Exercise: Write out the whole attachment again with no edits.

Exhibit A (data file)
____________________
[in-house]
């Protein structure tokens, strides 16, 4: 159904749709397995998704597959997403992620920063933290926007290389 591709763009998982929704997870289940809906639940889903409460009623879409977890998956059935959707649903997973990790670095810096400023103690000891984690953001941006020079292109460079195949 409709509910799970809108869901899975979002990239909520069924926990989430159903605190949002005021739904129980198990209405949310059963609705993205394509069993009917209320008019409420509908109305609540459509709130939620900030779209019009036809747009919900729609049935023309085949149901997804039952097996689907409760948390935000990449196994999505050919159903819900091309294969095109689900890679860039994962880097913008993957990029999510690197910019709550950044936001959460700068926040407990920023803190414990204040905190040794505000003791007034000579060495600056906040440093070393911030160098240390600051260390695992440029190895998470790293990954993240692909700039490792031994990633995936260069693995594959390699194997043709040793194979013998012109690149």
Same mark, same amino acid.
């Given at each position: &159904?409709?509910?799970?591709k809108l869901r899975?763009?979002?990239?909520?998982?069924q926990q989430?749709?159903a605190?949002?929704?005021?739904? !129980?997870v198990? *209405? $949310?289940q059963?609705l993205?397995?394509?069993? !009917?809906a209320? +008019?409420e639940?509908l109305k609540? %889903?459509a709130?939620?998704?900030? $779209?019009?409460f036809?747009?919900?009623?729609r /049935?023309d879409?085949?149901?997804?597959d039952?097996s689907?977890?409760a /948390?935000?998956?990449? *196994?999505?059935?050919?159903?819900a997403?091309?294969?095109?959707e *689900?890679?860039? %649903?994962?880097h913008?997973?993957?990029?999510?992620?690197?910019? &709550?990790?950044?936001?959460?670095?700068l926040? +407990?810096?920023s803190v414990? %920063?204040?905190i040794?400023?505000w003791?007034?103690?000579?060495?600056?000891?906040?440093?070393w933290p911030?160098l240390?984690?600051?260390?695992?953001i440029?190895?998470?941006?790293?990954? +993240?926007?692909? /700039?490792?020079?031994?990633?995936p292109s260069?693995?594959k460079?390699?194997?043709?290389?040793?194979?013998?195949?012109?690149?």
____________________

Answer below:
[in-house]
């Protein structure tokens, strides 16, 4: 159904749709397995998704597959997403992620920063933290926007290389 591709763009998982929704997870289940809906639940889903409460009623879409977890998956059935959707649903997973990790670095810096400023103690000891984690953001941006020079292109460079195949 409709509910799970809108869901899975979002990239909520069924926990989430159903605190949002005021739904129980198990209405949310059963609705993205394509069993009917209320008019409420509908109305609540459509709130939620900030779209019009036809747009919900729609049935023309085949149901997804039952097996689907409760948390935000990449196994999505050919159903819900091309294969095109689900890679860039994962880097913008993957990029999510690197910019709550950044936001959460700068926040407990920023803190414990204040905190040794505000003791007034000579060495600056906040440093070393911030160098240390600051260390695992440029190895998470790293990954993240692909700039490792031994990633995936260069693995594959390699194997043709040793194979013998012109690149």
Same mark, same amino acid.
């Given at each position: &159904?409709?509910?799970?591709k809108l869901r899975?763009?979002?990239?909520?998982?069924q926990q989430?749709?159903a605190?949002?929704?005021?739904? !129980?997870v198990? *209405? $949310?289940q059963?609705l993205?397995?394509?069993? !009917?809906a209320? +008019?409420e639940?509908l109305k609540? %889903?459509a709130?939620?998704?900030? $779209?019009?409460f036809?747009?919900?009623?729609r /049935?023309d879409?085949?149901?997804?597959d039952?097996s689907?977890?409760a /948390?935000?998956?990449? *196994?999505?059935?050919?159903?819900a997403?091309?294969?095109?959707e *689900?890679?860039? %649903?994962?880097h913008?997973?993957?990029?999510?992620?690197?910019? &709550?990790?950044?936001?959460?670095?700068l926040? +407990?810096?920023s803190v414990? %920063?204040?905190i040794?400023?505000w003791?007034?103690?000579?060495?600056?000891?906040?440093?070393w933290p911030?160098l240390?984690?600051?260390?695992?953001i440029?190895?998470?941006?790293?990954? +993240?926007?692909? /700039?490792?020079?031994?990633?995936p292109s260069?693995?594959k460079?390699?194997?043709?290389?040793?194979?013998?195949?012109?690149?």